Fair Allocation through Selective Information Acquisition
Proceedings of the AAAI/ACM Conference on AI, Ethics, and Socieity, 2020.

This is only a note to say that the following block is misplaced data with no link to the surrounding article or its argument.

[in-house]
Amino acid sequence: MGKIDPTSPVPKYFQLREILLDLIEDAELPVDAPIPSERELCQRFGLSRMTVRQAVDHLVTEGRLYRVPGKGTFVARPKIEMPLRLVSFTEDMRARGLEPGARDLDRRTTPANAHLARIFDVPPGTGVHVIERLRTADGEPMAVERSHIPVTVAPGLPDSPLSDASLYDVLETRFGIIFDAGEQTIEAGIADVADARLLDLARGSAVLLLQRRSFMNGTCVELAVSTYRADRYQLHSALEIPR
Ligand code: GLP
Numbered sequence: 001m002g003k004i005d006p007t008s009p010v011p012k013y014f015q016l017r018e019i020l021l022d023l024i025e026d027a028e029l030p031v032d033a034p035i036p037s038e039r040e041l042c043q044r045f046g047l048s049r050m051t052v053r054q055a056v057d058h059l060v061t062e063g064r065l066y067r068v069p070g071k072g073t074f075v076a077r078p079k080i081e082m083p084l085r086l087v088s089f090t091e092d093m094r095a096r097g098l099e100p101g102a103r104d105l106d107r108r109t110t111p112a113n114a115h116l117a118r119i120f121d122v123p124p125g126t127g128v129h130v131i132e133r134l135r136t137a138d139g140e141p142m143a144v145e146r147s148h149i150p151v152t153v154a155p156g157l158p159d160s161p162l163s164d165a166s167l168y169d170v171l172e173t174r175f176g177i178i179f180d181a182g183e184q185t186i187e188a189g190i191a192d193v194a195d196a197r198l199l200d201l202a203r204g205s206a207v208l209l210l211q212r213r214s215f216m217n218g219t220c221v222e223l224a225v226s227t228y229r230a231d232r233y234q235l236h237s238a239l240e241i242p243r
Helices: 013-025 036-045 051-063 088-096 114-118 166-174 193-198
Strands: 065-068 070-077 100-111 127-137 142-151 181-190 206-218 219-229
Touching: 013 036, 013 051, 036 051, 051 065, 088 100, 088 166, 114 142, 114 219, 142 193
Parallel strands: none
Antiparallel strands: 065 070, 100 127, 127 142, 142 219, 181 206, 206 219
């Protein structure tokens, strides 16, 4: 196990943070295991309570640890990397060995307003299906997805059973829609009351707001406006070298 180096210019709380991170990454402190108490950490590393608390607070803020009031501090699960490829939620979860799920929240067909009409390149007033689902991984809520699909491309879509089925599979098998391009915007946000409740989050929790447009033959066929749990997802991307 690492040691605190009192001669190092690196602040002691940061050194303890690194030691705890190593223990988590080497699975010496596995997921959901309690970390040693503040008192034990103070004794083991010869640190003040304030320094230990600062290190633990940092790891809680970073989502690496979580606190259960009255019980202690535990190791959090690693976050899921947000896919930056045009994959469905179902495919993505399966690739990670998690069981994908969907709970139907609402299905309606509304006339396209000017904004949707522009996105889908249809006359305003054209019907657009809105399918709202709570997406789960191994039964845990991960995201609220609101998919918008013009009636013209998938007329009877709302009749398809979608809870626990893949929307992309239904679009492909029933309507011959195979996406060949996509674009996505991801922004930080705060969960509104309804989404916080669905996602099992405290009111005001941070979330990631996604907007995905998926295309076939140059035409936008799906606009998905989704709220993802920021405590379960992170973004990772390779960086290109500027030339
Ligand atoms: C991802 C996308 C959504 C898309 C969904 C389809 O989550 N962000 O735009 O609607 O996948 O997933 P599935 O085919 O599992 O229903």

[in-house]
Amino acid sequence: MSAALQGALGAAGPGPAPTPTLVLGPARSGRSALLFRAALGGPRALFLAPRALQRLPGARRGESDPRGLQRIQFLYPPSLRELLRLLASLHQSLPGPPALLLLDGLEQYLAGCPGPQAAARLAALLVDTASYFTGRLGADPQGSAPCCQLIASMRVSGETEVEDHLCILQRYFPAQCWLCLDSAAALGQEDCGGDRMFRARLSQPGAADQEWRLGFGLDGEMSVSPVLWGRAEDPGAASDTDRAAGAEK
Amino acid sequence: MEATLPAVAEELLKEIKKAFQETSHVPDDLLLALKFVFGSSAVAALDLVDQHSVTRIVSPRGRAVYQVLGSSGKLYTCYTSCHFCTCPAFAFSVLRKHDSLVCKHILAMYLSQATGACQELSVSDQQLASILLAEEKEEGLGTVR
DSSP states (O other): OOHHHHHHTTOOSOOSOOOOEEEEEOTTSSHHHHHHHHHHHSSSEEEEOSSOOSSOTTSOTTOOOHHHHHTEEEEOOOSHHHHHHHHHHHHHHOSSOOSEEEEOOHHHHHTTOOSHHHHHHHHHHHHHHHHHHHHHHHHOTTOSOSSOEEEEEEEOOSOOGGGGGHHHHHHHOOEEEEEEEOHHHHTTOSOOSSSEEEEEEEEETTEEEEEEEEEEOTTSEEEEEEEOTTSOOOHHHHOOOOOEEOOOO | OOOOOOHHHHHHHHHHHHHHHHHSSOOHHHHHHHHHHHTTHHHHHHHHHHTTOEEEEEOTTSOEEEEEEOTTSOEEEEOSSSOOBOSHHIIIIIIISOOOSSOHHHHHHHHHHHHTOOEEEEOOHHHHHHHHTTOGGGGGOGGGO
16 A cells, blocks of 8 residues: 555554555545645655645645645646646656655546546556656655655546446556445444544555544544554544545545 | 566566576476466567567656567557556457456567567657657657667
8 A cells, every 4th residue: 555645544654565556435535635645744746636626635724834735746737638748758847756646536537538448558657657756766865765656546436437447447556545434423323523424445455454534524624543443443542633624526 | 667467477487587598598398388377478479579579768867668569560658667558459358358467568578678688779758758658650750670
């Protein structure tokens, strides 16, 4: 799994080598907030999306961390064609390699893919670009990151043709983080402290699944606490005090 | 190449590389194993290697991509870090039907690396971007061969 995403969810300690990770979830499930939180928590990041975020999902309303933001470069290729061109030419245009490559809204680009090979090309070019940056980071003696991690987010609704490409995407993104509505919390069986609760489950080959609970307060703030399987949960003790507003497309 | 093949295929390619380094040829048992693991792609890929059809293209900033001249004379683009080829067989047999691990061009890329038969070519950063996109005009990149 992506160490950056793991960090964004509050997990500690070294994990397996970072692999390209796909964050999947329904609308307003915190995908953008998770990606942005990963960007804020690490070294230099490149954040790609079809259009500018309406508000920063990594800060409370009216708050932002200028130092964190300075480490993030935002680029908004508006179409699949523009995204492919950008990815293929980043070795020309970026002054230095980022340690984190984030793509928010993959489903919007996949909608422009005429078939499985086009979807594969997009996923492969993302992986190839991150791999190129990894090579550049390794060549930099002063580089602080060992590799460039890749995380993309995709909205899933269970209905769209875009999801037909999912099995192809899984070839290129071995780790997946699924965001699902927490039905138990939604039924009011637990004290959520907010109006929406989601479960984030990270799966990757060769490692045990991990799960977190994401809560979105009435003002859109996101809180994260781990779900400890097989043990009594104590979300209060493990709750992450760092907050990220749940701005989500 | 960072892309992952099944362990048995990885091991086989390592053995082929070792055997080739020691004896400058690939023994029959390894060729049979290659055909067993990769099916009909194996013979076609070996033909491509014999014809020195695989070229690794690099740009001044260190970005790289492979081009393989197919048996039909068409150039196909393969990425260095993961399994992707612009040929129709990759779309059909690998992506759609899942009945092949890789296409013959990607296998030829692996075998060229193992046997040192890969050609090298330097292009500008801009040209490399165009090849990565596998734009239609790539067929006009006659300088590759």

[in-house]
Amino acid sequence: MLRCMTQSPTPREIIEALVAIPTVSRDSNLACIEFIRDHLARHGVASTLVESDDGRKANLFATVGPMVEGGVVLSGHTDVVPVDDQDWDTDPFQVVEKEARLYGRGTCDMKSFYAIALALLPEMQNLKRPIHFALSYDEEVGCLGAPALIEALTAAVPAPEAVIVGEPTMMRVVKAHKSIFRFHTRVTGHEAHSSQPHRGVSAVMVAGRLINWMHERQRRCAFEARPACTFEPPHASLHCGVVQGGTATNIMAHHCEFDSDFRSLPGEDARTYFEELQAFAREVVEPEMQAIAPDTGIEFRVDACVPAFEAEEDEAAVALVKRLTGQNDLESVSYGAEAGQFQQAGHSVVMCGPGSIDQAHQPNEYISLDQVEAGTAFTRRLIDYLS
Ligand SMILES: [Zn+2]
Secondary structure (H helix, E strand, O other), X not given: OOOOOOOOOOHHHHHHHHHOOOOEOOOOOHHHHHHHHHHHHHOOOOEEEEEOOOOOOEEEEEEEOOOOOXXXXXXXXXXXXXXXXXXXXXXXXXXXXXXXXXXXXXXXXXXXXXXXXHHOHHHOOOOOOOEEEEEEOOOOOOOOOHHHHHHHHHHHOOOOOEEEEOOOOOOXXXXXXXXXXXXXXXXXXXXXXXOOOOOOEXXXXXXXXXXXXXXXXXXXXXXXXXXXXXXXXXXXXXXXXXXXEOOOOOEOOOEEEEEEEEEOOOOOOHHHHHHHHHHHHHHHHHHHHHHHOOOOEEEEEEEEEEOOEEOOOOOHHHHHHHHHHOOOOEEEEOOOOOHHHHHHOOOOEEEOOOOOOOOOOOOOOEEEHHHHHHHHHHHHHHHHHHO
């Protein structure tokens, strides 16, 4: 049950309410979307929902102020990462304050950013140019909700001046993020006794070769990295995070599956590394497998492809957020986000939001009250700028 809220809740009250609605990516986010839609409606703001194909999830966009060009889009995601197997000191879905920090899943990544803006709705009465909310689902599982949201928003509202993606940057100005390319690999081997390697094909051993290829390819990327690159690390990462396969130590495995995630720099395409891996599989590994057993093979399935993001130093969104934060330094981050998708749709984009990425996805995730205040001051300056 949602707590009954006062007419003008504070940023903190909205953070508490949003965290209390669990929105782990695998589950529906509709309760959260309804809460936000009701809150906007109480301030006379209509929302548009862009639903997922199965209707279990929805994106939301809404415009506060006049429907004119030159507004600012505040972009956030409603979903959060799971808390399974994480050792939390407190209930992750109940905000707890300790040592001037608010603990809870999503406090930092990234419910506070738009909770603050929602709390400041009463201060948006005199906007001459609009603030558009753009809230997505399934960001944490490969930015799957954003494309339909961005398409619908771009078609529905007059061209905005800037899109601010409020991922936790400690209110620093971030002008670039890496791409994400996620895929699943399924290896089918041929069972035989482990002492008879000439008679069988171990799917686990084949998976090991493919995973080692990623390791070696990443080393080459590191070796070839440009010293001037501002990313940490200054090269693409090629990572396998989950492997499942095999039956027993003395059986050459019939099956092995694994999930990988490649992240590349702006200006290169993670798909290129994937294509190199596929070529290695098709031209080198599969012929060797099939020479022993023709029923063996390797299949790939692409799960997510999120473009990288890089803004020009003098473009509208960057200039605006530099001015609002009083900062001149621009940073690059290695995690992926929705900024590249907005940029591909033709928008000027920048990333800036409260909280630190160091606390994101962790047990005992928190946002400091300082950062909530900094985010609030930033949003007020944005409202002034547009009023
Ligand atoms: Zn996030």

Public and private institutions must often allocate scare resources under uncertainty. Banks, for example, extend credit to loan applicants based in part on their estimated likelihood of repaying a loan. But when the quality of information differs across candidates (e.g., if some applicants lack traditional credit histories), common lending strategies can lead to disparities across groups. Here we consider a setting in which decision makers—before allocating resources—can choose to spend some of their limited budget further screening select individuals. We present a computationally efficient algorithm for deciding whom to screen that maximizes a standard measure of social welfare. Intuitively, decision makers should screen candidates on the margin, for whom the additional information could plausibly alter the allocation. We formalize this idea by showing the problem can be reduced to solving a series of linear programs. Both on synthetic and real-world datasets, this strategy improves utility, illustrating the value of targeted information acquisition in such decisions. Further, when there is social value for distributing resources to groups for whom we have a priori poor information—like those without credit scores—our approach can substantially improve the allocation of limited assets.